> The Crystal Houses façade
Cast glass, Glass façade, Glass structure, Structural glass, Glass bricks, Glass blocks, Glass engineering, Adhesively bonded, Glass architecture.
2014 - 2016
Research Team (at TU Delft)
Dr. ir. Faidra Oikonomopoulou, ir. Telesilla Bristogianni, dr. ir. Fred Veer, prof. Rob Nijsse, Kees Baardolf
MVRDV, Gietermans & Van Dijk, ABT, Siko, Wessels Zeist, Poesia
Located in the heart of Amsterdam, the Crystal Houses façade, designed by MVRDV Architects, sets a great example of the structural potential of cast glass. The new facade is an accurate yet entirely transparent reproduction of the building’s original 19th century masonry elevation. Solid glass bricks reinterpret the standard brickwork and the typical architraves above the openings, even the traditional wooden frames of the openings are translated into massive cast glass elements. As the facade ascends, conventional clay bricks intermingle in between the glass ones to create a gradient transition to the normal brickwork on the top, residential floor. The end result is a building that stands out and at the same time blends naturally into the urban fabric of the historic street.
Based on the structure of the former masonry façade, the elevation of 10 by 12 meters employs more than 6500 solid glass bricks, each 210 mm thick and 65 mm high. Glass casting was the only solution for producing glass components of this cross-section. Each brick was manually cast obtaining every time a distinctive inner flow pattern as the liquid glass solidifies, revealing the hand-made process of the elements.
The desire of the architects to attain transparency at its purest did not allow the use of any visible supporting structure, rendering the choice of an entirely self-supporting glass block system necessary. Since this was a novel structural solution, the challenge of the materialization as well as of the fabrication techniques of the solid glass block wall were assigned to the Delft University of Technology and in specific to researchers Dr.ir. Faidra Oikonomopoulou and Ir. Telesilla Bristogianni under the supervision of Prof. Rob Nijsse and Dr. ir. Fred Veer.
In principle, a glass masonry wall of the abovementioned dimensions is plausible thanks to the high compressive strength of glass and the 3-dimensional nature of the masonry wall that makes the construction buckling-resistant. Actually one glass brick has sufficient compressive strength to carry the complete dead load of the façade. The lateral stability of the glass façade was further enhanced through its geometry. Four buttresses, formed towards the interior of the façade by interlocking bricks, result in a continuous relief of increased rigidity. To obtain an all glass structural system a colourless adhesive should be applied for bonding the bricks.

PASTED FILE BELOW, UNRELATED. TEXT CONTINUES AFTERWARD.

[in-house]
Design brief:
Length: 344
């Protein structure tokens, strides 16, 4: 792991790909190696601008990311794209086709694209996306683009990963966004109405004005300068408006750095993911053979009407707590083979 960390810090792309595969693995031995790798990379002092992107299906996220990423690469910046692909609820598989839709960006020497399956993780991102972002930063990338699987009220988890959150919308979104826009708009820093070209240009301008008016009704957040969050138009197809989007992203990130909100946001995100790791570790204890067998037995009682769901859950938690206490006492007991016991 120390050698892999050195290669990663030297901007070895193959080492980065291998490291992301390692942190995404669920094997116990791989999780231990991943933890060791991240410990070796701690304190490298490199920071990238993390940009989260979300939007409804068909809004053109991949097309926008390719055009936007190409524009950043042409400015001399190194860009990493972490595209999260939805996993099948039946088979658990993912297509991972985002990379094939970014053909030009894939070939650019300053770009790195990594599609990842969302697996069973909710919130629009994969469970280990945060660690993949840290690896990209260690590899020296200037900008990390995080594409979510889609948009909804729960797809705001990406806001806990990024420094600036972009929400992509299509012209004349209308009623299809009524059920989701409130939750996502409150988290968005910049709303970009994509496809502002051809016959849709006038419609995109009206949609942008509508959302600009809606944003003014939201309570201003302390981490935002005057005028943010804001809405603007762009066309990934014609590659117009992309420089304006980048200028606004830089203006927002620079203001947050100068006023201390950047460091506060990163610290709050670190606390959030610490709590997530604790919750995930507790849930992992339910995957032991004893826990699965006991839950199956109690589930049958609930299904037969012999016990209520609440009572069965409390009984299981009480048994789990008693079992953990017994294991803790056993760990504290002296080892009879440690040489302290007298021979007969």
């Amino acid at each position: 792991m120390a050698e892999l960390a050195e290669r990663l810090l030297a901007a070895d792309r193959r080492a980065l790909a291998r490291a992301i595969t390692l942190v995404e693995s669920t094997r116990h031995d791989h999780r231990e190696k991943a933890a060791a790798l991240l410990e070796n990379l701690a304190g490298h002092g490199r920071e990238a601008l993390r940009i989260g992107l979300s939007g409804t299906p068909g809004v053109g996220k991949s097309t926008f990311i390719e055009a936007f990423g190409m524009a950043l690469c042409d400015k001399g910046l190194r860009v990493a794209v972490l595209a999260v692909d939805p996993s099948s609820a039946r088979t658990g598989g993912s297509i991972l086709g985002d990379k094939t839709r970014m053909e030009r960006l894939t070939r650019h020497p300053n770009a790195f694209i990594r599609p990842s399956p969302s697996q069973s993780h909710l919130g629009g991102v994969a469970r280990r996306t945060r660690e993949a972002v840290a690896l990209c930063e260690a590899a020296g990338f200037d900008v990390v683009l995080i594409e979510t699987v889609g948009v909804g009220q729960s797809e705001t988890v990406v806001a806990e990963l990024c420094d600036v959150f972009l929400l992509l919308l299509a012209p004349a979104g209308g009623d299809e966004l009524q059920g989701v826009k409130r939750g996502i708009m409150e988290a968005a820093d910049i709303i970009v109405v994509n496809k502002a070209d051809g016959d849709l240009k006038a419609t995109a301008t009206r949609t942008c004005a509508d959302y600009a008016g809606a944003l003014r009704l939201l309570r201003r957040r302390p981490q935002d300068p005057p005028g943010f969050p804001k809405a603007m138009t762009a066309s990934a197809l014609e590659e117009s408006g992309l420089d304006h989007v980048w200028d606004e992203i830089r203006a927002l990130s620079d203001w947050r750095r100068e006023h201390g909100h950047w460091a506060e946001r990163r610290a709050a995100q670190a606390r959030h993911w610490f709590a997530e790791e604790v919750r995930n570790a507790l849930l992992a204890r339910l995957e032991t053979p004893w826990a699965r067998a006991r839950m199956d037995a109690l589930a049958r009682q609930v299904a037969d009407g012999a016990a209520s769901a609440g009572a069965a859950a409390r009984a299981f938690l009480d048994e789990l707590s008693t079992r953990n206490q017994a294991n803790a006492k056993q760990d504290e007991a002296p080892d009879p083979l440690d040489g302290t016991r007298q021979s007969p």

The lack of standardized strength data and building guidelines for such an application of structural adhesives necessitated the research and testing on various different adhesives at the Glass and Transparency Lab at TU Delft, in order to find one that would fulfil both the visual and structural prerequisites. Actually the mechanical properties of the adhesive are equally critical to the ones of the glass blocks for the developed system, as it is their interaction as one structural unit that defines the structural capacity and properties of the glass masonry. The most favourable structural performance is when the adhesive and the glass blocks fully cooperate, allowing the masonry wall to function as one rigid unit against loading, resulting in a homogeneous load distribution.
Most adhesive candidates were discarded already in the early stages of research due to their coloration, insufficient shear strength or too high flexibility. Eventually, visual prototypes and structural tests directed the research to a photo-curing family of clear adhesives especially designed for glass to glass bonding, with high shear stiffness and good long and short term compressive behaviour. Visually, the adhesive has a similar refraction index to glass and does not discolour when exposed to sunlight. Another important feature is its photo-catalytic curing which allows for fast construction: it takes less than a minute for the adhesive to cure under UV-radiation, acquire its full structural capacity and become moisture- and water- resistant.
Series of 4-point bending tests on 1.2 m long glass beam specimens, each comprising 3 arrays of glass bricks, proved the monolithic behaviour of the system when bonded by this adhesive. All specimens acted as one single rigid unit under loading by failing with a straight, clear cut in the middle. However, the structural tests also revealed that the chosen adhesive reaches its optimum (and desired) bond strength when applied in a layer of a mere 0.3 mm thickness. The low viscosity and effectively zero ideal thickness of the adhesive together with the inelastic nature of glass generated several implications concerning its homogeneous application that resulted in exceptionally strict allowable tolerances regarding not only the brick’s dimensions but also the overall façade. Not only the size of each brick unit, but even each layer of the construction of the glass wall had to be confined within a tight dimensional precision of a quarter of a millimeter. This demand of an unprecedented high level in accuracy and transparency in construction introduced various challenges during the engineering and construction of the Crystal Houses façade, calling for innovative solutions.
The required ±0.25 mm tolerance necessitated the post-processing of the manually cast glass units: during the cooling of the molten glass, natural, inevitable shrinkage occurs to all surfaces of the glass component. After the annealing of the bricks, this shrinkage was removed from the bonding surfaces by a CNC polishing machine to provide glass elements of the desired precision.